Discursive approaches to language policy – challenges and opportunities

Toronto, Canada

co-presented with Elisabeth Barakos, Vienna University of Economics and Business

Link to Prezi:


In this paper, we aim to explore the interconnectedness of language policy and discourse by proposing a ‘discursive approach to language policy’. This approach combines insights from the fields of critical language policy (e.g. Shohamy 2006, Tollefson 2006) and critical discourse studies (e.g. the discourse-historical approach). Specifically, we argue that a discursive approach to language policy integrates a focus on close textual, contextual and socio-historical analysis of language policies, ideologies and associated practices from a critical perspective. We also add a methodological orientation: to consider what can be gained by bringing together language policy and critical discourse studies, and also what challenges this combination gives rise to.

As case studies, we critically analyse and compare language policy discourses and practices in Wales and Scotland – two partly devolved constituent countries of the United Kingdom in which the autochtonous languages Welsh, Scots and Gaelic have been integrated as a more or less salient part of debates about identity, nation and culture. Given the current heated debates about independence in Scotland and increasing autonomy for Wales, we will trace constructions of language from the pre-devolution era (before 1999) to the present. In particular, we incorporate data collected in two heterogeneous fields: education and business. We combine text analysis of ‘top-down’ language policy-related texts such as official documents, parliamentary debates and guidelines with an analysis of ‘bottom-up’ data from focus groups and interviews consisting of people affected by the policies. Through this, we examine the dialectic between policies and practices: between the linguistic and discursive power of the policy per se which construct the symbolic or material value of these languages in strategic ways and the power of social actors that construct, live and breathe policies.

Amsterdam Institute for Social Science Research (AISSR), University of Amsterdam

Screenshot 2014-08-28 16.57.34

Ethical Dimensions and (Social) Media: Who has access, when, where and why?

Ruth Wodak & Johann Unger

Analyzing social media poses new challenges for critical qualitative and ethnographic research: access to data has become almost trivial in technical and practical terms, and the digital nature of much of this data chelps analysis in manifold ways; but at the same time current social media practices disrupt pre-digital understandings of how identity is constructed in and through texts. Texts such as blogs, Facebook and Twitter messages are personalized and simultaneously widely accessible, so how can researchers determine to what extent these texts are intended to be public or private, or somewhere on the spectrum between the two? And can we use traditional forms of arriving at informed consent, which have been contested even in pre-digital ethnography?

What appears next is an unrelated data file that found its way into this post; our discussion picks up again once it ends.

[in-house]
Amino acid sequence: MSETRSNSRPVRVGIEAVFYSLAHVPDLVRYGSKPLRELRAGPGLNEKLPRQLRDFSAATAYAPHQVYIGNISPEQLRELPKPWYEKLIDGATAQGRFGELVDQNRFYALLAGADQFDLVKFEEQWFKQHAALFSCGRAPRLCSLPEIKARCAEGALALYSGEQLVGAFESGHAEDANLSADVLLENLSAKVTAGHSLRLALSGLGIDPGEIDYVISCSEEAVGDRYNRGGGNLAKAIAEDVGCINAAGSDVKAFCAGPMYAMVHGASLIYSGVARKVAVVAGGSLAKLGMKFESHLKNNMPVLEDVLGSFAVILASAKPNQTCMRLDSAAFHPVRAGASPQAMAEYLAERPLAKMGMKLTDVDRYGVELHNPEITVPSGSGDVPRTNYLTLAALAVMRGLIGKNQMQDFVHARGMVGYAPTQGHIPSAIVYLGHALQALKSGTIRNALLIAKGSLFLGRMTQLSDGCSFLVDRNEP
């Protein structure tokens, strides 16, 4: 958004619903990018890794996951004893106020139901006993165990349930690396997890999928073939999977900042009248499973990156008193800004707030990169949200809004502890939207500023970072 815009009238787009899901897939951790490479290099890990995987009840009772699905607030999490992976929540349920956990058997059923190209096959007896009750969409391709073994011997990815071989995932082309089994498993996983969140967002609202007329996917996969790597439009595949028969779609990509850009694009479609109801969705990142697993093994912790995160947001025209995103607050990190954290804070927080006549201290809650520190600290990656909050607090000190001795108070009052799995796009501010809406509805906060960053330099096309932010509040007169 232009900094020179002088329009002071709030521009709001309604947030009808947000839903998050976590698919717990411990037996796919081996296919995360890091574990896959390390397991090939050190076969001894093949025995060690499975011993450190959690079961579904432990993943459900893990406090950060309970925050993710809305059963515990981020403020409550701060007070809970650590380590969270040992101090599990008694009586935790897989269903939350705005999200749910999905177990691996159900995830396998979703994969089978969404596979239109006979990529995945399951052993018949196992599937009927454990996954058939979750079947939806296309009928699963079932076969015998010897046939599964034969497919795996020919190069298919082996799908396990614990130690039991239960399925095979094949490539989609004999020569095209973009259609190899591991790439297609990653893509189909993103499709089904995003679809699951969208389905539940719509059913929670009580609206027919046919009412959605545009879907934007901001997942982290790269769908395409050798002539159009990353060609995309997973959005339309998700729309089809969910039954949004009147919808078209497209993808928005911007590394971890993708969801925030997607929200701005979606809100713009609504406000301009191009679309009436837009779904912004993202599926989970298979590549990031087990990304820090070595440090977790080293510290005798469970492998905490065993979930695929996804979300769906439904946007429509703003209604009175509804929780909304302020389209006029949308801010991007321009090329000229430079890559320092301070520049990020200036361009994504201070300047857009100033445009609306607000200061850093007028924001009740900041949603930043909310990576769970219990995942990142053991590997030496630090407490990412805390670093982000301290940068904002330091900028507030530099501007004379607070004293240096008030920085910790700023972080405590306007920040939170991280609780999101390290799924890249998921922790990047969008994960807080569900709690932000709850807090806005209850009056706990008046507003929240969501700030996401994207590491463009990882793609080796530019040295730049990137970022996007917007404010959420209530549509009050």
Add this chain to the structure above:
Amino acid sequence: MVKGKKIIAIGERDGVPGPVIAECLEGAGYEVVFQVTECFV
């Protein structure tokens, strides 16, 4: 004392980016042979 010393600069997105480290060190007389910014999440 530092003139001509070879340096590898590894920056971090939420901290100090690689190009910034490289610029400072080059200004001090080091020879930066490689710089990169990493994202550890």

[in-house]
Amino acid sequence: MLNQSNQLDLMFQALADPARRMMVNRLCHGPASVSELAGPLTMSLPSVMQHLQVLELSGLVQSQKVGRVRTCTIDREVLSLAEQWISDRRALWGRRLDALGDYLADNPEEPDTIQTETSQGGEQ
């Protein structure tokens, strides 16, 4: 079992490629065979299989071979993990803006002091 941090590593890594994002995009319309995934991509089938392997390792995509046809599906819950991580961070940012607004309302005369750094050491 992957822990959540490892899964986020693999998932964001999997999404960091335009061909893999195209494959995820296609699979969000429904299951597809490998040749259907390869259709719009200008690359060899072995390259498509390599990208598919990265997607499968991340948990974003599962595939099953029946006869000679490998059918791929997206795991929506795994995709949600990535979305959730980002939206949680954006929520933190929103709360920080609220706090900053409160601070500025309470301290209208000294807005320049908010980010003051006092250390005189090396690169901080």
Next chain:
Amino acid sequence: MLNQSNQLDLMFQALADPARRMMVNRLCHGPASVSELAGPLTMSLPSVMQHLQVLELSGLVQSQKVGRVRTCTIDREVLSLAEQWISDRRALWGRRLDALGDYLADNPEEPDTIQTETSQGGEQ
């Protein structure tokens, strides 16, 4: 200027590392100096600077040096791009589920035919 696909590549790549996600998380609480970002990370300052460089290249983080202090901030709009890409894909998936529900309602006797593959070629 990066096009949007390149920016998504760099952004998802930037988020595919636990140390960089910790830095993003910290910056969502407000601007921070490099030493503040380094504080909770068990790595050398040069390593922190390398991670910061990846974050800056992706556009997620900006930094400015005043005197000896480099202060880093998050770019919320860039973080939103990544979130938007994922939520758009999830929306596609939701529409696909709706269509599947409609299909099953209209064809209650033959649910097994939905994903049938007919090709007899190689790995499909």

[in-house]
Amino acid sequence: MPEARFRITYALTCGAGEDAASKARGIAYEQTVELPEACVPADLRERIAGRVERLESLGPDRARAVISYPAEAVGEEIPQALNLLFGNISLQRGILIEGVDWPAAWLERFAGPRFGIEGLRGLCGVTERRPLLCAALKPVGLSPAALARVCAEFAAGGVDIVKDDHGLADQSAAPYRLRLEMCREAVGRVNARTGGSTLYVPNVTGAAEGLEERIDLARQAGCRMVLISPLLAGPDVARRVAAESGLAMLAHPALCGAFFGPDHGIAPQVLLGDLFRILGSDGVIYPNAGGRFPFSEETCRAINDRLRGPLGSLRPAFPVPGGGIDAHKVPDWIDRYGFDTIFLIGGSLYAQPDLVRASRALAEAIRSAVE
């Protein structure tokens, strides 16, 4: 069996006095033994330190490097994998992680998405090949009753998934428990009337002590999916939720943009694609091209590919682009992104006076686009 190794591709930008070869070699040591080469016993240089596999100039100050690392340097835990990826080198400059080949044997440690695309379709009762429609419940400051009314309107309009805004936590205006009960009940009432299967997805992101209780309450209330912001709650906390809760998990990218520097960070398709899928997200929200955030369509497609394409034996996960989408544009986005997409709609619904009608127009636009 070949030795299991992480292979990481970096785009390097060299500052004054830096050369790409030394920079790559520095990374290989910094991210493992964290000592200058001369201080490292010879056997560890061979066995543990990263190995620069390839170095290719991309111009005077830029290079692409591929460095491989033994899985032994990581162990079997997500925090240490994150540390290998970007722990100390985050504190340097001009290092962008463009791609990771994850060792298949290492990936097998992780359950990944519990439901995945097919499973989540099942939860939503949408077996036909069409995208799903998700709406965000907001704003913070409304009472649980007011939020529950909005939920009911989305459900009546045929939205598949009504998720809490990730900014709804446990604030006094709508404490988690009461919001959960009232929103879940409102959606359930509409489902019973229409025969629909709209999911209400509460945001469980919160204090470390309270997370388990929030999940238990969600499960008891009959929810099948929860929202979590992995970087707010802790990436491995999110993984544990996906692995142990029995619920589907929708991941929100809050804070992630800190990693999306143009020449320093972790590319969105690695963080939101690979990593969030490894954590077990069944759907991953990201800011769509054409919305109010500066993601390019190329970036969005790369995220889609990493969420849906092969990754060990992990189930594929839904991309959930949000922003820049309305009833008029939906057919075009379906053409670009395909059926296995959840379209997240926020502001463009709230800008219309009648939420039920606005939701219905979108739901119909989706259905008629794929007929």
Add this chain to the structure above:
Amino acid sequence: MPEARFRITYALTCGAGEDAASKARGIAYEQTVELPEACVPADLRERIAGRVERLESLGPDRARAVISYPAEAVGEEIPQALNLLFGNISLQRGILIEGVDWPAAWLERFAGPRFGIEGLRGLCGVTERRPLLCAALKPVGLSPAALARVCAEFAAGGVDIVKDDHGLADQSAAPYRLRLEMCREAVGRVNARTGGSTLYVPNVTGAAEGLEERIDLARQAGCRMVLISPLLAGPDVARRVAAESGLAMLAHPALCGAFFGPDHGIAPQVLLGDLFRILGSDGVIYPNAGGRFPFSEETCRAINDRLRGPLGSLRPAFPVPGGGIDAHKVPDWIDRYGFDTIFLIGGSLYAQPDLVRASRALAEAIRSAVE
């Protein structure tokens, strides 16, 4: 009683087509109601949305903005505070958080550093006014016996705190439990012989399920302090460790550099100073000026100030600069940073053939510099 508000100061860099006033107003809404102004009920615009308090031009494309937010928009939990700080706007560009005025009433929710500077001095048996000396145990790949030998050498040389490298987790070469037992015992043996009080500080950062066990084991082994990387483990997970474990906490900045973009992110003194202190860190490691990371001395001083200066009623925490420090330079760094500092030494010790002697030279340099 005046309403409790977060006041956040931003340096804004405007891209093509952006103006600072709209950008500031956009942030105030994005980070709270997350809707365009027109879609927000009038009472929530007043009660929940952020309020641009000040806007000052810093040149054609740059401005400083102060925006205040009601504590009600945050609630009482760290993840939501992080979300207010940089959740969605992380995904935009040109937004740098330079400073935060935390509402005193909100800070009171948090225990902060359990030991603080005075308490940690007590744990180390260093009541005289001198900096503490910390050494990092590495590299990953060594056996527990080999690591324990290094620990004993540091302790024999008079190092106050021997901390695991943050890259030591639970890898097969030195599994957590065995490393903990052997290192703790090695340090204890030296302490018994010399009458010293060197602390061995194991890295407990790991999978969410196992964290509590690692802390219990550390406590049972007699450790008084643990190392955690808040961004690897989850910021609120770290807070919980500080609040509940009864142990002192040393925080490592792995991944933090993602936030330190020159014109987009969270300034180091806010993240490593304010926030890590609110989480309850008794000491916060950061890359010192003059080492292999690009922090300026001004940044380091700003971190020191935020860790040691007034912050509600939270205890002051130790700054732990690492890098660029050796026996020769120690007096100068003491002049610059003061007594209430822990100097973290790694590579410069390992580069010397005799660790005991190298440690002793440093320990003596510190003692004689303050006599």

These questions have great relevance beyond academia too, as debates about hacking or investigative journalism have recently illustrated. Thus, researchers have to establish new ethical norms and new methodologies of research. In the keynote, we will discuss various cases which point to the blurring of boundaries between public and private, between open access and ownership, between investigative journalism and the backstage of politics, and consider the implications of these for ethnographic, critical research in digitally augmented societies.

Here are my notes from my contribution to the panel on Discourse Studies at the 40th birthday party for my department:

I’d like to start by answering the question “why did I come to work at Lancaster”?
I first came I as an MA student, then PhD – then after a few years working in Vienna, returned as lecturer. What made me choose it in the first place? I’d love to say it was brilliant staff, long tradition of research in the field of discourse, the many textbooks written by Lancaster academics, the visionary architecture on campus, or one of the other excellent qualities we’re hearing so much about today.

But in fact – it was love. My girlfriend at the time was studying in Blackpool and I was living in Fife, in Scotland, trying to be a writer and working in a kilt shop. So I looked around for the nearest thing to do that would keep me occupied. And I hit on the MA in Language Studies, as it was then called, as a really interesting and flexible degree (remember these adjectives!) that would allow me to extend my knowledge of language & linguistics, something I’d previously only dabbled in as part of my undergrad studies in English literature. I also applied for a job as a tutor on the EAP (Study Skills) programme, and came for an interview in March 2003. I arrived in Lancaster by train from Scotland, heavily laden with a huge bag full of inline hockey equipment because I was on my way to Majorca for a sports tour. Fortunately, after struggling to find my way through town and getting lost several times on campus, I found the department – in Bowland College back then, and met some of the people who would become my future teachers and colleagues. It was also the first time I realised what a friendly and welcoming atmosphere pervaded the department – let’s add the adjective “collegial”. Marjorie saw me trying to lug my bag around after the interview and in no time at all had arranged for Mick Short to give me a lift to the train station – a small act of kindness that those of you who know Marj and Mick will know is absolutely in character. And it made me feel a lot better about not getting the tutor job that year! In fact I run the programme now, so I can’t have done that badly.